All Hands on Deck: How Upserve Helps Restaurants Pivot to Takeout

In her role as product manager at Upserve 500 Internal Server Error

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Upserve’s online ordering tools (including a takeout/delivery application) have been in use since 2017, but mid-March saw a huge surge in usage and new clients. Restaurants that had never relied on takeout and/or delivery as part of their business model were scrambling to find solutions that would allow them to spin up a functional platform, and fast. And Upserve’s all-in-one suite of applications offered a customizable and fairly out-of-the-box solution.

For Upserve, the sudden spike meant that their applications were getting pressure-tested in unexpected ways — and gave the team an unprecedented opportunity to iterate in response to urgent business needs.

“Whenever you apply more pressure to a product by adding a ton more users, a bunch of different use cases come up that you hadn’t really thought of before or weren’t even relevant before,” notes Thompson. “Right now, there are new challenges to solve and [our team] is balancing what we need for this time and what will also be helpful in the future.” An example of a COVID-necessary feature that’s been fully rolled out is the ability to limit the restaurant’s hours and offer pre-orders.

“It’s really energizing to be able to see the impact of the work we’re doing.”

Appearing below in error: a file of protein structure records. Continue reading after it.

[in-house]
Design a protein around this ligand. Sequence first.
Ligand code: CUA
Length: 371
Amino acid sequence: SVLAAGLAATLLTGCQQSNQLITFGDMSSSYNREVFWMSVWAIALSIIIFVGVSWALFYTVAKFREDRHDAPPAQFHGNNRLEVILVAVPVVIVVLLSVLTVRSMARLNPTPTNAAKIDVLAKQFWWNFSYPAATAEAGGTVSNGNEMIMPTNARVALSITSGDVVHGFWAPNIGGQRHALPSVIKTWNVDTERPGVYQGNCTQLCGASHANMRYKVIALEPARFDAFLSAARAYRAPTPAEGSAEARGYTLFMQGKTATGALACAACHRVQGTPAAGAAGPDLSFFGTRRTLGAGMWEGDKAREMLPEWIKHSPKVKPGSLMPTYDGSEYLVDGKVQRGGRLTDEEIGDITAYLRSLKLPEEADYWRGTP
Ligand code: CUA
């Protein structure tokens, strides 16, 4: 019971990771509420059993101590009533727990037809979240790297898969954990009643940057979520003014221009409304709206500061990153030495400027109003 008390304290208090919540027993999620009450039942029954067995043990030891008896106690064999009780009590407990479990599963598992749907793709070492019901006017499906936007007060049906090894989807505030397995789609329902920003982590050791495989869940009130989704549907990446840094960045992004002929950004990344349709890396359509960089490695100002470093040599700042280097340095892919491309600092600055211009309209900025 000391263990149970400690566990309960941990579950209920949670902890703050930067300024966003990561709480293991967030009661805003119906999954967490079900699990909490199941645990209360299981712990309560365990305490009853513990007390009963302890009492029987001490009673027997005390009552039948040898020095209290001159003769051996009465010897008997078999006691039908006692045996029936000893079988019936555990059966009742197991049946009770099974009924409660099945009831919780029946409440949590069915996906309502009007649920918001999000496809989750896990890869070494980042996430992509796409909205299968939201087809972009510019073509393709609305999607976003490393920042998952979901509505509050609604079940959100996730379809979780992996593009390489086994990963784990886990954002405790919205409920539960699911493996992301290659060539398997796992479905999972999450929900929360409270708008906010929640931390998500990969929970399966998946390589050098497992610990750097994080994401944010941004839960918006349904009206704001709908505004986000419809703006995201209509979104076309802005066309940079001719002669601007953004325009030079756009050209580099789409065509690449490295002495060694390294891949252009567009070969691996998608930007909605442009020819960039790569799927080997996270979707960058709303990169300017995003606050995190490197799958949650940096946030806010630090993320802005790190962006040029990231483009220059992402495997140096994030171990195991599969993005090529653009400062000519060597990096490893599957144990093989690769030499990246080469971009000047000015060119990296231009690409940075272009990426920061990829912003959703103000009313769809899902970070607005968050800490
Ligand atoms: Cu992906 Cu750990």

Upserve is in a unique position to gather all kinds of data on the sweeping impact COVID-19 is having on the restaurant industry. In particular, Thompson notes, specialization has become less relevant.

“We have all types of customers, from coffee shops on up to a super fine dining restaurant offering a 12-course tasting menu. And the way that they use our technology is going to be pretty different,” she explains. “Whereas right now, people are using it in very similar ways because everyone’s doing this takeout model.” That kind of use-case streamlining has helped Upserve make updates to the platform, because they have confidence that the tweaks will be widely adopted.

“We are always focused on making restaurants successful — it’s why we do what we do. But there’s a different intensity now — we’ve seen firsthand the tools we’re able to build and deliver are making the difference between restaurants staying open and closing (potentially for good).”

Upserve’s ability to adapt and respond quickly puts them in a good position to support restaurants through a period of real hardship. “It’s really energizing to be able to see the impact of the work we’re doing and see it helping restaurants,” she notes, adding that their team has a “Tell Me Something Good” channel on Slack where they post positive stories from Upserve clients.

Some of these stories can be found on Upserve’s blog — hopeful stories of free lunches being distributed to frontline workers; distilleries donating hand sanitizer; restaurants turning into food banks; and more. And, of course, there are GoFundMes and tip jars to help hospitality workers who have lost their jobs.

“There’s some really beautiful stories coming out of this, highlighting the creativity of the restaurant industry right now and their heart for service,” notes Thompson. “They just put their whole heart and soul into the business.”

BELOW: THE UPSERVE TEAM (MORGAN THOMPSON IS FRONT AND CENTER, IN ORANGE). TOP: COLLAGE OF TAKEOUT IMAGES FROM JWU ALUM RESTAURANTS.

The Upserve Team